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#1 AnaShoo

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Posted 21 February 2012 - 05:00 PM

I am going to be homeschooling my two kids, one in K and one in 2nd (he's been in public school) this coming school year. I've figured out a basic curriculum for them, but math is stumping me hardcore.

As some background, I'm fairly weak in math. I was homeschooled, and when I was about 12 or 13, my mother pretty much just brought home books and things, then left me to my own devices. I stopped doing math at that point because it overwhelmed me and English is definitely my thing. As a result, I had to take a remedial course in college before I could enroll in Math 101. I got As in both classes, and liked them well enough, but had to have a roommate who was good in math tutor me quite a bit in Math 101. So, I'm shaky and worried about having to teach it, but I'm also very adamant that my kids do not have to struggle to learn it after the fact like I did.

I've been looking at Rightstart because my boys love games, and we use games to teach a lot of other things informally at home. They absolutely work. I also like the concept of the the program. I really don't want something heavy on worksheets because I am concerned they will learn to dislike math doing it that way, and so will I.

I've been looking more at MEP lately, though, and am intrigued by it. The biggest issue is that I don't feel as if I have the background to adequately understand either program and if it will work out for us.

Anyone have experience using both, or know whether or not the teaching will be terrible for me with MEP because of my weaker background in math?

#2 nmoira

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Posted 21 February 2012 - 05:49 PM

I've used RS B and some of C with my elder child and am using MEP with my younger. They're both strong programs, but IMHO, MEP requires a confident teacher from the get-go, whereas with RS, you can work ahead and master the material without worrying you're missing underlying concepts. I strongly recommend working through the material yourself. I think you would benefit from the scripting and presentation of RS, at least through the end of Level B (at which point you can either stay with the program or move to Singapore or Math Mammoth with ease).

#3 ekfk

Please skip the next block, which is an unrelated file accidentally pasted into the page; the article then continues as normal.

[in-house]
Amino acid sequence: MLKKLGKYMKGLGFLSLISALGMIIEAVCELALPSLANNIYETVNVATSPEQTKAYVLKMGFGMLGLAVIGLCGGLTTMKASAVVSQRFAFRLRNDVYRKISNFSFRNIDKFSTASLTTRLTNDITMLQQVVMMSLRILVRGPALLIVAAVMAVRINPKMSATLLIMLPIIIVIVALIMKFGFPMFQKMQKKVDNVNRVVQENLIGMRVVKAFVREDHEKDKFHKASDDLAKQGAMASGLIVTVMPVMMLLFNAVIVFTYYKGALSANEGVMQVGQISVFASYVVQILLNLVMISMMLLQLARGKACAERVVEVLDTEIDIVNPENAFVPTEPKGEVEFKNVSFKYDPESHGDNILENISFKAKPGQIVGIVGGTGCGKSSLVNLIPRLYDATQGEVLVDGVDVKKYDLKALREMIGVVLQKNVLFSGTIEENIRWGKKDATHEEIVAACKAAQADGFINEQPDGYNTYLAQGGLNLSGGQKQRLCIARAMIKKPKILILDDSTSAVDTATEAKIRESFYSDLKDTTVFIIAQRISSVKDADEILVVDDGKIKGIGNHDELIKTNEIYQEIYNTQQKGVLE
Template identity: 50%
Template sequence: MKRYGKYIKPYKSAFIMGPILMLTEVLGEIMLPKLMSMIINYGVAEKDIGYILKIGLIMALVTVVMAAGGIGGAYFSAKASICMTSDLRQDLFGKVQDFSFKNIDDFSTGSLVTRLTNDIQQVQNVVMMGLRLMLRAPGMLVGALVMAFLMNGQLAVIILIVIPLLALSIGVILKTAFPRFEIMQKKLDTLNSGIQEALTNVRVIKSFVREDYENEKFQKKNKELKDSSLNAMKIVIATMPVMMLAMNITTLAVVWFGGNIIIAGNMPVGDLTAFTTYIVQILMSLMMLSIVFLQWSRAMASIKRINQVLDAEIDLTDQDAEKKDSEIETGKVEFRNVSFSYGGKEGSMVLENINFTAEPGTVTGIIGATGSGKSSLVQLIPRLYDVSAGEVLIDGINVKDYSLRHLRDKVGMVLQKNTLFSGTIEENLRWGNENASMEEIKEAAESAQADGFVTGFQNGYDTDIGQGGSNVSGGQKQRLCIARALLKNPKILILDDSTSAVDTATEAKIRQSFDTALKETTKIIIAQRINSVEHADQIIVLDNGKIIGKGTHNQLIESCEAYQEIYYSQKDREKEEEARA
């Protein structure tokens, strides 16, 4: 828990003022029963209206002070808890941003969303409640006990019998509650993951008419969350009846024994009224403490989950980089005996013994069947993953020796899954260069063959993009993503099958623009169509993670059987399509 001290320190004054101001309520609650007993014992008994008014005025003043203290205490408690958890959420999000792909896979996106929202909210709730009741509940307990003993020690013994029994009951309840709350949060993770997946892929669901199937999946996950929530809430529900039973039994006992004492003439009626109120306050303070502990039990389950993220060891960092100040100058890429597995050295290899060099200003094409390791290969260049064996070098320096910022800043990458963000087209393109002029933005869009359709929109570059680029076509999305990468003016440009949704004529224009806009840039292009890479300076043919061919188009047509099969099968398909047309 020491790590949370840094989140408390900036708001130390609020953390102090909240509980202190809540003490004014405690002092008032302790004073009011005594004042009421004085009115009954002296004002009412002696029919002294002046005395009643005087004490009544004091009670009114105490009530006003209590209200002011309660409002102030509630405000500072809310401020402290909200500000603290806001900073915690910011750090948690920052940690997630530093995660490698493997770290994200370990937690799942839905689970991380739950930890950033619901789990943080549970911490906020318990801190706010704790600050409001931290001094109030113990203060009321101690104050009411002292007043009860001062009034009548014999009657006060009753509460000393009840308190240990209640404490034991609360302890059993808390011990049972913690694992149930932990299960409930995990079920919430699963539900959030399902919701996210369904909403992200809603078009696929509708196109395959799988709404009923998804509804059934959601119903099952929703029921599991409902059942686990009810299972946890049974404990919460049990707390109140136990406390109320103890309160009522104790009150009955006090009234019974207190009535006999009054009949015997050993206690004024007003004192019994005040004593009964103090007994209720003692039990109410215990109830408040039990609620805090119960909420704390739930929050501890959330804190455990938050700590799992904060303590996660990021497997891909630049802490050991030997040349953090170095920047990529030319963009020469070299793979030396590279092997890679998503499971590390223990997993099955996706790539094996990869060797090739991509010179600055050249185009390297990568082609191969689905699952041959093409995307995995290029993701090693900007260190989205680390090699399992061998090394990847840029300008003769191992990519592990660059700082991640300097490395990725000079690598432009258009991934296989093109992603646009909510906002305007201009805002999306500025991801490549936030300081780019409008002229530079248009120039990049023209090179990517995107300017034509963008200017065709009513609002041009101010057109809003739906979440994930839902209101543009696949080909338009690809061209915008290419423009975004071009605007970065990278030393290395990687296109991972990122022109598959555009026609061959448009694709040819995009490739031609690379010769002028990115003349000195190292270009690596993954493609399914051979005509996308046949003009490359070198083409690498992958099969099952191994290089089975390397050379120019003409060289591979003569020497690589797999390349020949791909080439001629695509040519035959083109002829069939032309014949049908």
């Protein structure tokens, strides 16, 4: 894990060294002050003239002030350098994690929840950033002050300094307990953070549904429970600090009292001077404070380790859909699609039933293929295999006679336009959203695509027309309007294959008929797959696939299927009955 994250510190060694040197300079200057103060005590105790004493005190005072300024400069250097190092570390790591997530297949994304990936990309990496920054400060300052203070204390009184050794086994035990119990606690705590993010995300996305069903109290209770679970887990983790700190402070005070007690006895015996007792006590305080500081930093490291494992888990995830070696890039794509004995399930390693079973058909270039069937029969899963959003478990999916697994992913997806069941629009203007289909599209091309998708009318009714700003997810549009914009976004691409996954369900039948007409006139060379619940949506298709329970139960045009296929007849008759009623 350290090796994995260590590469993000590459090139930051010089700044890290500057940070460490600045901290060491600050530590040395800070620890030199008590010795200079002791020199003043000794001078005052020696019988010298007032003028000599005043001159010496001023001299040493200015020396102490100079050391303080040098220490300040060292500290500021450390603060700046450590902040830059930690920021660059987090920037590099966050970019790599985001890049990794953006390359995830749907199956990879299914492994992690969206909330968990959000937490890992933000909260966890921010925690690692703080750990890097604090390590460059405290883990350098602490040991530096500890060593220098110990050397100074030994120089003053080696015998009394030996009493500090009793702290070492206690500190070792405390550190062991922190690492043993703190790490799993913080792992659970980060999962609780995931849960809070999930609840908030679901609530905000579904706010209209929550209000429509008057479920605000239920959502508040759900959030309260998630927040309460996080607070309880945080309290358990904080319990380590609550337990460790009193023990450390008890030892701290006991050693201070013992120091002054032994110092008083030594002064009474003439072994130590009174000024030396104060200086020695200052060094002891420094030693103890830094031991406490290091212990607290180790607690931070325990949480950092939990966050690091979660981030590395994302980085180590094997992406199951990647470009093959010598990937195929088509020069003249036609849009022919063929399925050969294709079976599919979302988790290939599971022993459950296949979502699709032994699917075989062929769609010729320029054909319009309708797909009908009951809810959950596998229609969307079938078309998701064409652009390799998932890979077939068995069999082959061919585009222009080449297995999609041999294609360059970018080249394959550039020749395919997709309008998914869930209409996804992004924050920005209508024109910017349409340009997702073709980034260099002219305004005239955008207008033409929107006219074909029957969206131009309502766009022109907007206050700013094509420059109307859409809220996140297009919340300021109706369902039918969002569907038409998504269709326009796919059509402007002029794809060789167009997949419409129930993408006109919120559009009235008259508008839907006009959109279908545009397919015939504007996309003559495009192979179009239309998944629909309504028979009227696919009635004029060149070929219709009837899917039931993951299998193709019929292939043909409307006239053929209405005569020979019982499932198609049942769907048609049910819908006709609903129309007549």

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Posted 21 February 2012 - 06:13 PM

I use MEP as a supplement to Singapore Math. So, you could do both.

#4 Walking-Iris

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Posted 21 February 2012 - 06:24 PM

I'm going to be using Singapore Essential math coupled with MEP for my kinder. We will be finishing Miquon and moving into Saxon with my older ds. I've been looking at MEP and feel like it would be a great thing to use coupled with any of the math programs.

#5 Crimson Wife

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Posted 21 February 2012 - 06:59 PM

I have used Right Start B & C with my oldest and my 2nd is currently using RS B (in combo with Singapore 1B). I also used MEP Reception and almost all of 1A with my 2nd.

I love, love, :001_wub: RS B. It provides such an excellent foundation in math. I really liked MEP Reception but MEP Yr 1 wasn't my cuppa. It has some very interesting puzzle type problems but I couldn't tell whether or not my DS was actually making any progress in math.

With RS, I can very easily tell that my student is progressing in his/her math skills and by the end of B the child is adding two 4-digit numbers with regrouping/carrying. In contrast, MEP spends the entire Yr. 1 on sums up to 20. I just couldn't quiet that little nagging voice of doubt wondering if he was actually getting anywhere with MEP vs. spinning in circles (very interesting circles, but circles none-the-less).

#6 serendipitous journey

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Posted 21 February 2012 - 07:25 PM

I... IMHO, MEP requires a confident teacher from the get-go ...


:iagree: We're using MEP and I really like it, but I'm strong in math and I find that I have had to think seriously about how to present some of the concepts. You can always add problems from MEP later.

#7 Aurelia

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Posted 21 February 2012 - 07:30 PM

I used both MEP Y1 and RS A&B. If you aren't confident in math, go with RS. It's fully scripted, and you can read through the lesson the night before and familiarize yourself with it, if you feel the need.

#8 She Reads a Lot

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Posted 21 February 2012 - 10:02 PM

This is another vote for RightStart, and it comes from a fellow English person (degrees in English and I edit for a living). I got through math OK in high school and college but never enjoyed it.

Well, I love RightStart Math and so does my son! I was most worried about teaching math, since it's the subject I'm the least comfortable with. I've got a Wiggly Willy son who hates worksheets, which was the primary reason I chose RS. We just finished Level B last month and are now in Level C. C does have more worksheets than B but not nearly as many as most programs, from what I understand. And we both still love it.